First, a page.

School is Tough — Stay Healthy!
Life as a premed student can be hectic to say the least. Between preparing for tests, trying to keep your GPA up, and meeting extra-curricular requirements, it can be hard to find time to sleep—let alone socialize. Unfortunately, premed students often respond to the time crunch they face by sacrificing in the areas that they can least afford to sacrifice. Specifically, many premed students are not sleeping enough, aren’t eating well, aren’t exercising, and aren’t taking any time to relax and decompress. While this may not be a big deal over the course of a week, or maybe even a month, eventually the pressure you are putting on your body will catch up to you. Don’t neglect your health. Below are tips to keep in mind as you live your hectic premed life:
1) Don’t sacrifice sleep. Sure, in the short run it is probably okay to have a few nights of very little sleep. But it is essential that you make this sleep up, and that you aren’t constantly sleep deprived. If you have great difficulty getting out of bed every morning and have trouble staying awake in classes or while studying, you are probably not getting enough sleep. Instead of looking at sleep as wasted time, consider it an “investment.” That extra hour or two of sleep will leave your mind refreshed and prepared for the day—allowing you to get your work done faster and better.
2) Stay disciplined with your diet. The lack of a proper diet is a major problem with society as a whole, not just students. Pressed for time, people resort to quick and easy fast food meals—and pay the price in the long run. Now I’m not suggesting that you only eat homemade food—but do your best to eat healthy. Most school cafeterias have a number of healthy options—take advantage! Not only will you stay in better shape, but you’ll feel better on a daily basis as well.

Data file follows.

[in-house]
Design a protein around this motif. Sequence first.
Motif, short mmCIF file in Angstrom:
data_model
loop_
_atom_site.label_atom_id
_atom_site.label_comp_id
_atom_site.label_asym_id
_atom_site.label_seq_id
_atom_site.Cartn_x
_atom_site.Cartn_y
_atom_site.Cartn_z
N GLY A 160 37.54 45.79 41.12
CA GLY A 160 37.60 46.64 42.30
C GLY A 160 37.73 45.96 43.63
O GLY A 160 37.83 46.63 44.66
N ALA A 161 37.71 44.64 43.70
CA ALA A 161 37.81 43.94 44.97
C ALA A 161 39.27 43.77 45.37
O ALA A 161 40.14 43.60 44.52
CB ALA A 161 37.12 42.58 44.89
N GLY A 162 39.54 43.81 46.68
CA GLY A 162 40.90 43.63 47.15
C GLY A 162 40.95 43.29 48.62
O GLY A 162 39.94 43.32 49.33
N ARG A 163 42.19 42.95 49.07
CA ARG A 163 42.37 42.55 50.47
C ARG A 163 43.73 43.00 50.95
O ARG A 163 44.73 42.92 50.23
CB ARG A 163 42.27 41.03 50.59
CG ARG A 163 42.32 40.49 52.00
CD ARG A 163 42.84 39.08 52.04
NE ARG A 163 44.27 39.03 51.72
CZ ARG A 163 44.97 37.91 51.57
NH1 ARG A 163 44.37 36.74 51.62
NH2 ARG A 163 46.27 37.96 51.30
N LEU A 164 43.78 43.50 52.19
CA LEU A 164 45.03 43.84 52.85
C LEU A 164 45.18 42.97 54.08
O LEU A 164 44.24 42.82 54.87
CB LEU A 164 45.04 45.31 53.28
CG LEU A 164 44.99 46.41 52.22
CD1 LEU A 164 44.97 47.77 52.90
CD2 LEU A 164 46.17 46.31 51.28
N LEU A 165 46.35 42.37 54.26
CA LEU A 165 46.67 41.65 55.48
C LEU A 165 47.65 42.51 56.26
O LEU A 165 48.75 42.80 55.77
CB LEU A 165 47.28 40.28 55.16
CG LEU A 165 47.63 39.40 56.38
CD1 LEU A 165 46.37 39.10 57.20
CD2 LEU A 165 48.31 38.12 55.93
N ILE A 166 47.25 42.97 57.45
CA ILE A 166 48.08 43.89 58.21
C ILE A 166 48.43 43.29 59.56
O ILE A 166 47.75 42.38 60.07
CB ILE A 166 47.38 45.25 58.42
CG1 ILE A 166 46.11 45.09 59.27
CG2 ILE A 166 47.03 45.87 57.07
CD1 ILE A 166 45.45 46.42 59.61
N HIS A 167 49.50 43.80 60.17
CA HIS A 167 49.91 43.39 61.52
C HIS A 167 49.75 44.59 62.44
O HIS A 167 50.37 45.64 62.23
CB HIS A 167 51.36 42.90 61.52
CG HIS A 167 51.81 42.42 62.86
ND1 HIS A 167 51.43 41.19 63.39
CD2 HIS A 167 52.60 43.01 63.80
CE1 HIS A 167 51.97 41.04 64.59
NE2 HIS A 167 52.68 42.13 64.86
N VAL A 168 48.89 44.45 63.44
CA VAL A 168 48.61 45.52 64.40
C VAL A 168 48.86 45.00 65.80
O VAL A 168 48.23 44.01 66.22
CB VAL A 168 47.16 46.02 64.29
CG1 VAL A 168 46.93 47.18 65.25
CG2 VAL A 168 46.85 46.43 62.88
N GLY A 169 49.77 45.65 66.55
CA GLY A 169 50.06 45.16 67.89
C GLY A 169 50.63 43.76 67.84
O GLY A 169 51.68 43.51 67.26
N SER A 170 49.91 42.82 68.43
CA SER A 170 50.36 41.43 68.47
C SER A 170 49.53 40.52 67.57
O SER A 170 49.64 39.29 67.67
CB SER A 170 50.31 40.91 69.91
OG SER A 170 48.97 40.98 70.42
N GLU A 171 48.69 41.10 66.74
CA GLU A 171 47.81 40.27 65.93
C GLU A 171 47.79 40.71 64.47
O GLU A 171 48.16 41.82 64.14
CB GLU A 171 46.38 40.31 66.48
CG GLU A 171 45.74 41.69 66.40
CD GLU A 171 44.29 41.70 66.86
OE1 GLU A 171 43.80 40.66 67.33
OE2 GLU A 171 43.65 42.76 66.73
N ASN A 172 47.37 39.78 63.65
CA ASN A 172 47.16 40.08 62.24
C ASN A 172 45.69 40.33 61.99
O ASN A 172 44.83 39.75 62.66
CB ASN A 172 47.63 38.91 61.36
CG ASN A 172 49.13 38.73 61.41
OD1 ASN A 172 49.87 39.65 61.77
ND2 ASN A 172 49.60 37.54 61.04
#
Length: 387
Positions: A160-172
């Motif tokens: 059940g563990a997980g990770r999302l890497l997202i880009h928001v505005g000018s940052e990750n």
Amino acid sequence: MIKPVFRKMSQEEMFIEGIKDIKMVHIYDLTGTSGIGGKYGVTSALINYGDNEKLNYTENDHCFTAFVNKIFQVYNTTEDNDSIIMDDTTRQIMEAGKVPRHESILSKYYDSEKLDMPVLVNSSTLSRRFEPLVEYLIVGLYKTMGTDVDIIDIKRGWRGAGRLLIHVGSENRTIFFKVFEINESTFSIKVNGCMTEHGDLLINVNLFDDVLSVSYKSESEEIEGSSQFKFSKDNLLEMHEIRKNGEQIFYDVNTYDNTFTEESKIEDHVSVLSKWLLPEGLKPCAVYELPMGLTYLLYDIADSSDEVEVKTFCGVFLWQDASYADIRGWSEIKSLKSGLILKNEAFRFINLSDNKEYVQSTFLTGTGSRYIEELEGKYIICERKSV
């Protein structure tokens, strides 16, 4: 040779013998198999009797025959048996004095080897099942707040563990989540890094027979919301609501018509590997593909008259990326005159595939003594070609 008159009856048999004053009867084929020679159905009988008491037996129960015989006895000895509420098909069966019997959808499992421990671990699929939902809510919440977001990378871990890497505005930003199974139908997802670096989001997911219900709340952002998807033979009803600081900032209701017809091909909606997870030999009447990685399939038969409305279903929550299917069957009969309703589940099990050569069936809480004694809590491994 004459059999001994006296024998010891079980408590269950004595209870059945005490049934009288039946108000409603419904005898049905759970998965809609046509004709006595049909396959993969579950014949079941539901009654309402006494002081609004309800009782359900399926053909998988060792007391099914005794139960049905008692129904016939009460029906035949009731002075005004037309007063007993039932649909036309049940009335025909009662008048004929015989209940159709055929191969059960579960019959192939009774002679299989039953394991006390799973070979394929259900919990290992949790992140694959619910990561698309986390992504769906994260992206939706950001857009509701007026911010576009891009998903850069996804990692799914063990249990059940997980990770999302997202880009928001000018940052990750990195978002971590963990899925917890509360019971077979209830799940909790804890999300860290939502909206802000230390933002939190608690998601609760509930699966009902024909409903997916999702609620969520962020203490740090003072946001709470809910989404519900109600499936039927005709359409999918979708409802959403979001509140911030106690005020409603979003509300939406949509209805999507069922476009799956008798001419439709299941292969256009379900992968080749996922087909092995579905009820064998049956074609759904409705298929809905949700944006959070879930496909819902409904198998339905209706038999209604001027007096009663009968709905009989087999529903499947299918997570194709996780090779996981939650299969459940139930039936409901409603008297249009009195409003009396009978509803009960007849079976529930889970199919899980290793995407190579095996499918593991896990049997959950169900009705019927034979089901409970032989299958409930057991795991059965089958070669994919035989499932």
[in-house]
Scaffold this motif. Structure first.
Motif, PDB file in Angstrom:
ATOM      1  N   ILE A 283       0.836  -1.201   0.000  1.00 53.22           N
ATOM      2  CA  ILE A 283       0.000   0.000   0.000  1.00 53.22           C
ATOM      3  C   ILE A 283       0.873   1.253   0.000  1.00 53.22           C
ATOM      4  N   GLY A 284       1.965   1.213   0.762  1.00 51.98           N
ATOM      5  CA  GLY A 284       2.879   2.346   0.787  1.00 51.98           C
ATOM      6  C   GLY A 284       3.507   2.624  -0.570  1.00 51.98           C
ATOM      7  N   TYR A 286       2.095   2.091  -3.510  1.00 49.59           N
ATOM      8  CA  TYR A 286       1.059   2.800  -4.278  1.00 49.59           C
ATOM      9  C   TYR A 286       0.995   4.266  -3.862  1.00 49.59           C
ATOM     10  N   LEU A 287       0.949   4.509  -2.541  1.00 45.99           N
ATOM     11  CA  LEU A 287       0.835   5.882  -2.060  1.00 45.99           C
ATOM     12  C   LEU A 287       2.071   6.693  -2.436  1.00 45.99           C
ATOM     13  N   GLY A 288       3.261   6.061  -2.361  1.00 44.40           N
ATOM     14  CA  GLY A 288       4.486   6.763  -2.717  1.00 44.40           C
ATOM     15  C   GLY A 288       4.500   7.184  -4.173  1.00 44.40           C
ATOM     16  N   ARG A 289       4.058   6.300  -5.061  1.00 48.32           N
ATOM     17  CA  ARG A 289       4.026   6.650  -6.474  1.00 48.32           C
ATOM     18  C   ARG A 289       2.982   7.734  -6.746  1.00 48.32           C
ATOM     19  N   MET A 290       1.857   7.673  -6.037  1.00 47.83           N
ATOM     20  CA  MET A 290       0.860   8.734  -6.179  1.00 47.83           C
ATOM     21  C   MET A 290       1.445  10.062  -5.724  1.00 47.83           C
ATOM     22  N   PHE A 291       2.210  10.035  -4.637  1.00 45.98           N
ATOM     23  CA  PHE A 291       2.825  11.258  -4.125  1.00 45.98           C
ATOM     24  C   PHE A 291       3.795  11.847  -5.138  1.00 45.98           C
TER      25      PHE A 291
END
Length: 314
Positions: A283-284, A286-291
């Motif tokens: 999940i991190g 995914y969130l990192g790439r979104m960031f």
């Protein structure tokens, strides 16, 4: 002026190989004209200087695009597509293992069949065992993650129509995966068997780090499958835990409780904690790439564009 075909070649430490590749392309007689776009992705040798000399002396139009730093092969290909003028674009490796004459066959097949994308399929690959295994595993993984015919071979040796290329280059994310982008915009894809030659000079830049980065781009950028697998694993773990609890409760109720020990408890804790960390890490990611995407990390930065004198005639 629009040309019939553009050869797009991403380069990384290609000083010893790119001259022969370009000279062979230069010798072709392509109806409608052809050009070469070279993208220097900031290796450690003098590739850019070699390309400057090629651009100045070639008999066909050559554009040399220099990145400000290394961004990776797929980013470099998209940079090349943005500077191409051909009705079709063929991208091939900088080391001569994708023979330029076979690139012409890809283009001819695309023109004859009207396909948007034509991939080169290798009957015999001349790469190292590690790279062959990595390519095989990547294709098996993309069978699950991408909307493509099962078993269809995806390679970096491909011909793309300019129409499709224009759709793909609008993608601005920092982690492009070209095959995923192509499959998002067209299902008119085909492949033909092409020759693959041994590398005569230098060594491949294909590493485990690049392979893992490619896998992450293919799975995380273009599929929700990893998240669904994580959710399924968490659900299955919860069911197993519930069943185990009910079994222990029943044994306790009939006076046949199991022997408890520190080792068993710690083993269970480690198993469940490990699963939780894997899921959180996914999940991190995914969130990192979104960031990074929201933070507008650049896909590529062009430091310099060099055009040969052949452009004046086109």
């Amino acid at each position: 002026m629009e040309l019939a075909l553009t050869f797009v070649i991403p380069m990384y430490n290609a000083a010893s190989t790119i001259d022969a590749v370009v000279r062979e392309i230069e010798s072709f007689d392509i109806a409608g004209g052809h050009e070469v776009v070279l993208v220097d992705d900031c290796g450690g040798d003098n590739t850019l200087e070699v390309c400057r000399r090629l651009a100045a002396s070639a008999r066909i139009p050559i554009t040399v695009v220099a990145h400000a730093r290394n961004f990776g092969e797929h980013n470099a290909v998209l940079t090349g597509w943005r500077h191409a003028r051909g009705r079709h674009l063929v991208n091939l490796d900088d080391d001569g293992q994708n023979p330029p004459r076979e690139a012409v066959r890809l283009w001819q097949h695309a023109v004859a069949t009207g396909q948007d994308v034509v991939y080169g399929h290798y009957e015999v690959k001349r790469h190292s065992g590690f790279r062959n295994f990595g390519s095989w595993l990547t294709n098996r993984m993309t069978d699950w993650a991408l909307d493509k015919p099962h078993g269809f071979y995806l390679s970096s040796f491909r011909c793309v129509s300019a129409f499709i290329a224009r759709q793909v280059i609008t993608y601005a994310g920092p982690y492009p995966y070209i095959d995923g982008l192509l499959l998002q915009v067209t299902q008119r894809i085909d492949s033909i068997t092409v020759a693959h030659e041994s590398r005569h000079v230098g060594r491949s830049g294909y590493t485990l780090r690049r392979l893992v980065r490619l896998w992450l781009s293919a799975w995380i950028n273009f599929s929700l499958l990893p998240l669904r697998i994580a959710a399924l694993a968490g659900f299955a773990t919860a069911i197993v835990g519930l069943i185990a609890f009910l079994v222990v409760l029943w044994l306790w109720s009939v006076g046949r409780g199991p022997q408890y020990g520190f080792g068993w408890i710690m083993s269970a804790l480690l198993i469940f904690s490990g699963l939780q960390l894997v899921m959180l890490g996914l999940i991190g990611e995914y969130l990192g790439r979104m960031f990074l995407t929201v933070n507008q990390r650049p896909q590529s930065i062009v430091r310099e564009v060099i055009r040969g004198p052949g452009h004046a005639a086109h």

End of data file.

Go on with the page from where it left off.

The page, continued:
3) Exercise consistently. Everyone knows that exercise is important. Unfortunately, when students are busy, exercise is one of the first things to be sacrificed. Develop a plan to consistently exercise. If you have the discipline to regularly work out at the gym, do so. If not, join an intramurals team or simply play sports with friends regularly. If you can make exercise fun, you will be much more likely to do it consistently. I also highly recommend finding an accountability partner—someone to encourage you to stick with it even when it’s tough to find the time or the energy.
The premed years can be extremely stressful. The typical premed student is always rushed—there is never enough time for all of the studying that needs to be done. Unfortunately, many students fall into bad habits in college and never recover. The truth is that you will face the same pressure and stress as a medical school student and eventually as a physician. Develop good habits now and stay healthy!
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This meeting was very helpful. I learned things that I didn’t even imagine. I had no idea that in order to get into medical school you weren’t required to be a premed major. I really enjoyed the meeting. R. Ribbins